Early Childhood Development Diploma Program Information

Diploma programs in early childhood development include coursework in subject matter such as infant development, safety principles and teaching strategies. Programs train students to work in childcare centers, preschools and homes.

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Essential Information

The goal of early childhood development diploma programs is to prepare students to work with children from birth through age 8. The difference between a diploma and an associate's degree in early childhood development can be as little as one semester, as associate's degrees take two years to complete. Most diploma programs in early childhood development are found in technical colleges.

To be considered for admission, students should have their high school diplomas or GEDs, a minimum 'C' level GPA, and be ready to submit their ACT or SAT scores.


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Early Childhood Development Diploma

While earning an early childhood development diploma, students learn about curriculum, guidance and standards for working with young children. Because of a push for national child care credentialing, the curriculum for most diploma programs is identical. Students study developmentally appropriate classroom guidance and management techniques. General education core courses in English, math and social studies are usually part of the program. Students will generally be required to complete a 3-6 credit hour field experience. Other courses required in the programs address:

  • Children with special needs and their families
  • Development of infants, toddlers and pre-school children
  • Health and safety practices for child care providers
  • Methods and materials for developmentally-appropriate evaluating and planning
  • Methods, techniques and materials to encourage creative expression
  • Strategies in planning for and teaching infants and toddlers

Popular Careers

Pre-employment education requirements range from none to a Child Development Associate (CDA) credential, depending on the state and childcare or school settings. Some jobs may require additional education. Career possibilities include:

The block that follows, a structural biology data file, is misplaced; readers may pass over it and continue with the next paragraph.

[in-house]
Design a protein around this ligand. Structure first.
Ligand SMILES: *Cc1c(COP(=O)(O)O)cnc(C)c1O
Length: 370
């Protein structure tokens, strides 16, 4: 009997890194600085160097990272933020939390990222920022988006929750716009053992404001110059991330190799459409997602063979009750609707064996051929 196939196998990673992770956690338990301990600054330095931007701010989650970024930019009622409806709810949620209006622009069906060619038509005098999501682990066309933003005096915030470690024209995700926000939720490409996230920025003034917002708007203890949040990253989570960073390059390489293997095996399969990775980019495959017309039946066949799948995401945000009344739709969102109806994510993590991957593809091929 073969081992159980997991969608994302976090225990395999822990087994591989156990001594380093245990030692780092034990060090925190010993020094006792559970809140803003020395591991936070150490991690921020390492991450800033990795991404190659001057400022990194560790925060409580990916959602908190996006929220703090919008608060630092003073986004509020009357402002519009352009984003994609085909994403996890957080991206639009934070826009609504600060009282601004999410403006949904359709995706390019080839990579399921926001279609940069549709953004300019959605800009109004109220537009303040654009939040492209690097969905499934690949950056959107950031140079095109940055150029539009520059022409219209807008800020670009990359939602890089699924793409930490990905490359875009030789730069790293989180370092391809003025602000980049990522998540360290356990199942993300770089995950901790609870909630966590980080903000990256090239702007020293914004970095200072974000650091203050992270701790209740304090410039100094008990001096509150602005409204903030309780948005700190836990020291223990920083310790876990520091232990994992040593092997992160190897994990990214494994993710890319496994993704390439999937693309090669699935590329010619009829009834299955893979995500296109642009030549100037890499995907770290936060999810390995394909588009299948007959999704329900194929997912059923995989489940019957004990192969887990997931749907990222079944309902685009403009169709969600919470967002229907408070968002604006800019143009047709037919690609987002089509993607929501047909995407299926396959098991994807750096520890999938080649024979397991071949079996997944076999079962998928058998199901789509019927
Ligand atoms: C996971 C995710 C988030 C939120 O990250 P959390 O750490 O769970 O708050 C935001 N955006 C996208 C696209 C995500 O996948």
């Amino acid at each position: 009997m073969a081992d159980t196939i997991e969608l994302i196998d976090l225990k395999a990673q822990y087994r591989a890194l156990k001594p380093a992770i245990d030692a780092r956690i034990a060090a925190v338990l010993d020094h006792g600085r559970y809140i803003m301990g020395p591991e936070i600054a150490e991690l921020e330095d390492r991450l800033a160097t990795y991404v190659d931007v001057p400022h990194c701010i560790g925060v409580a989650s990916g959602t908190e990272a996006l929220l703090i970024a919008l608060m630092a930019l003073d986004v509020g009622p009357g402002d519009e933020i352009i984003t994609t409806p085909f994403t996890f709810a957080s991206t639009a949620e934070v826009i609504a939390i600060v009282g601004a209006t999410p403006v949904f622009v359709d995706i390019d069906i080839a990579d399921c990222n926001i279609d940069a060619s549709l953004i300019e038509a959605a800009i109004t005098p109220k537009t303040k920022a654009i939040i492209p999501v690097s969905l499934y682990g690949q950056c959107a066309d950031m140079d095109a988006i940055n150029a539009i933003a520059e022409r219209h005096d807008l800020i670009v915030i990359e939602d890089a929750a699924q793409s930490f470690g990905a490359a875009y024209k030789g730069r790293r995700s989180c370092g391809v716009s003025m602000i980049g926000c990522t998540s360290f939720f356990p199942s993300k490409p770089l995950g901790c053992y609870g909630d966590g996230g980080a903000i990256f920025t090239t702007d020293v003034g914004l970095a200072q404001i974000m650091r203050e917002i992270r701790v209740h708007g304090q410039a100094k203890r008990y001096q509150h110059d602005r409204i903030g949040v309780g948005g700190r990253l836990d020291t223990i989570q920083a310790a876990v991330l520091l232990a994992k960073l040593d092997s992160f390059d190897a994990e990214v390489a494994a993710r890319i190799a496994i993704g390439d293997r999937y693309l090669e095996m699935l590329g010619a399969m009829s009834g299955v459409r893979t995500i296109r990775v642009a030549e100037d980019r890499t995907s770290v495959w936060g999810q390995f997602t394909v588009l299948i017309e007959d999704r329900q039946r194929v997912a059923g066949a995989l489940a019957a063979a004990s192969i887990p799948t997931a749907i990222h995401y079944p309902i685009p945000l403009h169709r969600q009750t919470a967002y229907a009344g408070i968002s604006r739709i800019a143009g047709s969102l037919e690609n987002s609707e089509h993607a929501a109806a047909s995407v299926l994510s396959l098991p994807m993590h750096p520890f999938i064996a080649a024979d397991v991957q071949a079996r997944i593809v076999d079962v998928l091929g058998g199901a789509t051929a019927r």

• Pre-school teacher
  • Early childhood paraeducator
  • Early childhood special educator
  • Diagnostician of needs of young children

Employment Outlook

The number of child care jobs was expected to grow as fast as average rate of 5% from 2014-2024, according to predictions by the U.S. Bureau of Labor Statistics (BLS). Salaries are often low, based on data from the BLS; the mean hourly wage in May 2015 was $10.72. Workers also often leave these jobs for further education or to meet family needs.

Continuing Education

In 2010, the District of Columbia and 49 states required lead child care workers in at least some settings to have a Child Development Associate (CDA) credential. The Council for Professional Recognition offers the CDA for six settings, two of which are for individuals. One of the requirements for this credential is 120 clock hours of formal education in child care within the prior five years. Individuals also must be able to be evaluated as the lead caregiver in the setting for which they seek a credential.

The CDA must be renewed after the first three years, and every five years thereafter. Requirements for renewal include 4.5 continuing education hours, taken through schools that have early childhood development programs. In addition, those who have earned a diploma in early childhood development may go on to earn an associate's degree.

For students who are passionate about early childhood development, obtaining a diploma in the field will help them learn necessary skills to become childcare workers. Some states require workers to hold the Child Development Associate credential, which requires continuing education to maintain.

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